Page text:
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    Sunday, June 23, 2024

    East Lyme’s Bauman has found her greatest success as grad transfer at No. 1 NYU

    A 2019 graduate of East Lyme High School and the Vikings’ all-time leading scorer, Megan Bauman, right, is playing this season for unbeaten New York University. The Violets will play Hardin-Simmons in the Sweet 16 of the NCAA Division III women’s basketball tournament Friday in New York City. (Photo courtesy of New York University Athletics)
    Megan Bauman is averaging 7.7 points and a team-high 4.3 assists for New York University, which is 27-0 headed into the Sweet 16 of the NCAA Division III tournament Friday at home. Bauman was a first team all-conference selection in the UAA.

    Megan Bauman flourished for four years at East Lyme High School — she was the Vikings’ all-time leading scorer with 1,352 points — and for four more as the starting point guard at Babson College.

    Now a graduate transfer with the undefeated and top-ranked New York University women’s basketball team, Bauman is having her most successful season.

    The Violets (27-0) will play a home game in the NCAA Division III tournament Sweet 16 on Friday, meeting Hardin-Simmons.

    “I loved my time at Babson and played with some good players over there, but here it’s different,” Bauman said of her move to NYU. “Here, we have four All-Americans on one team and even beyond the four we have players that can score at will and be a No. 1 option any given night.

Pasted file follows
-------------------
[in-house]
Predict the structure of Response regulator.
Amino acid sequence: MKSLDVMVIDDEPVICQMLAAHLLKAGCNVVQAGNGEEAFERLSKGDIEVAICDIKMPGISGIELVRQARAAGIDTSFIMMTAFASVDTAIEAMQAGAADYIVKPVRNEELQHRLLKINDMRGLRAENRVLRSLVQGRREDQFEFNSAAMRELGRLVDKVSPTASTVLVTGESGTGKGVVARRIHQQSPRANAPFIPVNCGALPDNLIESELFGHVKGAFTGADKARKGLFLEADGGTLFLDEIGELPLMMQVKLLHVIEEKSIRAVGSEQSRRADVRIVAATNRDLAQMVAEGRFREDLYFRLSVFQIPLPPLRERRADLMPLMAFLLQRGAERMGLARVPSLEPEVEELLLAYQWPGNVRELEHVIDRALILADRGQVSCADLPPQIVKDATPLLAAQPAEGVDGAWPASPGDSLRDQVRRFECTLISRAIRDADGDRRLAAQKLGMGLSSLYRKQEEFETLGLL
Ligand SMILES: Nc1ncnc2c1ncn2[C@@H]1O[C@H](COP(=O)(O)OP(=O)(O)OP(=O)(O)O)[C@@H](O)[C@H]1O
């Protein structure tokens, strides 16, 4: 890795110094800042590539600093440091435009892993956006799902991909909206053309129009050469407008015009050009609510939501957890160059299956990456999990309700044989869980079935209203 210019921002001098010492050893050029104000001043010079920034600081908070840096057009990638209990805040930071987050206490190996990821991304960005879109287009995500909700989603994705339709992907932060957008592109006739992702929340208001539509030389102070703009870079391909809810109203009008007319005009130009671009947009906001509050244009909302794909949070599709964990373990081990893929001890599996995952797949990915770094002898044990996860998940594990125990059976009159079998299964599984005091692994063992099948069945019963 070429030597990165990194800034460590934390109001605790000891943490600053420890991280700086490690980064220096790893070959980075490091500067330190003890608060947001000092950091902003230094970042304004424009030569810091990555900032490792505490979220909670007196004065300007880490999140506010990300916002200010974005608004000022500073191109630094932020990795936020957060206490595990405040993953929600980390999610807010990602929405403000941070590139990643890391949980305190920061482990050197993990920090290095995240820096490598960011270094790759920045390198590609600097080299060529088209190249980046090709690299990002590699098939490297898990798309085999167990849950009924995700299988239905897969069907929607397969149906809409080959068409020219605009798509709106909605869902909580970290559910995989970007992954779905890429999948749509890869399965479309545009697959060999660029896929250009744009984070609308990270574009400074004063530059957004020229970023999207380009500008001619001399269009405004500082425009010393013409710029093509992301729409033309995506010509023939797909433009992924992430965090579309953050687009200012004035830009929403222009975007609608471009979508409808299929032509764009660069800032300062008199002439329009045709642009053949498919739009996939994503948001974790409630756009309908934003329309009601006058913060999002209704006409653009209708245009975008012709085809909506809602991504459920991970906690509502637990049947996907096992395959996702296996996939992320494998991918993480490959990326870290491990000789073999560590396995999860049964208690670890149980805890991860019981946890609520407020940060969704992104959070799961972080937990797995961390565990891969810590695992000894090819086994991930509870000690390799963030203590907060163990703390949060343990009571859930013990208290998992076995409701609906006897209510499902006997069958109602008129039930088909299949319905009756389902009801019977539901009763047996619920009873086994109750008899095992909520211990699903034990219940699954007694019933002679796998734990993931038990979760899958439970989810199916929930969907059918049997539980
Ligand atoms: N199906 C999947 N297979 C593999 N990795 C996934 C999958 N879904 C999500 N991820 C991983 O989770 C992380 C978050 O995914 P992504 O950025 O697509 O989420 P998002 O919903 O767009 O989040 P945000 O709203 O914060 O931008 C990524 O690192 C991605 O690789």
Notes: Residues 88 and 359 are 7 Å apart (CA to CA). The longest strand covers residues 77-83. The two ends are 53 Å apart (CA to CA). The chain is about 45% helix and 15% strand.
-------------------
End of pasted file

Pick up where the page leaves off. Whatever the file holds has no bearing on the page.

“We’re so hard to scout. We have so many players that can step up.”

    Due to the troubles of the COVID-19 season in 2020, her first collegiate season, Bauman was granted an extra year of NCAA eligibility.

    Accepting the extra year and transferring to NYU was an easy decision for Bauman. Not only did she fit in perfectly with the basketball team but she made tremendous strides toward her professional aspirations, as well, due to NYU’s highly touted academic programs and networks.

    Bauman said: “I love basketball so much that I wanted to play, but I also want to work toward something that I’m going to use in my future. NYU was the perfect opportunity because they offered a sports business program more focused on consulting and analytics, which is what I want to do in the future. This way I was able to build on the business degree I got at Babson while still being able to play the game at a high level.”

    Bauman plans on pursuing a career in consulting or analytics for a sports team or third-party sports consulting firm.

    Although it turned out to be a great move for Bauman, assimilating into a program like NYU, one of the premier basketball schools in DIII, as a grad student is no small task.

    The point guard position at the college level is one of the hardest positions to understand in the sport, but Bauman managed to seamlessly transition to the Violets. In her post-grad year, Bauman has been averaging 7.7 points per game, leads the team in assists at 4.3 a game (third in the University Athletic Association) and earned a spot on the UAA all-conference first team.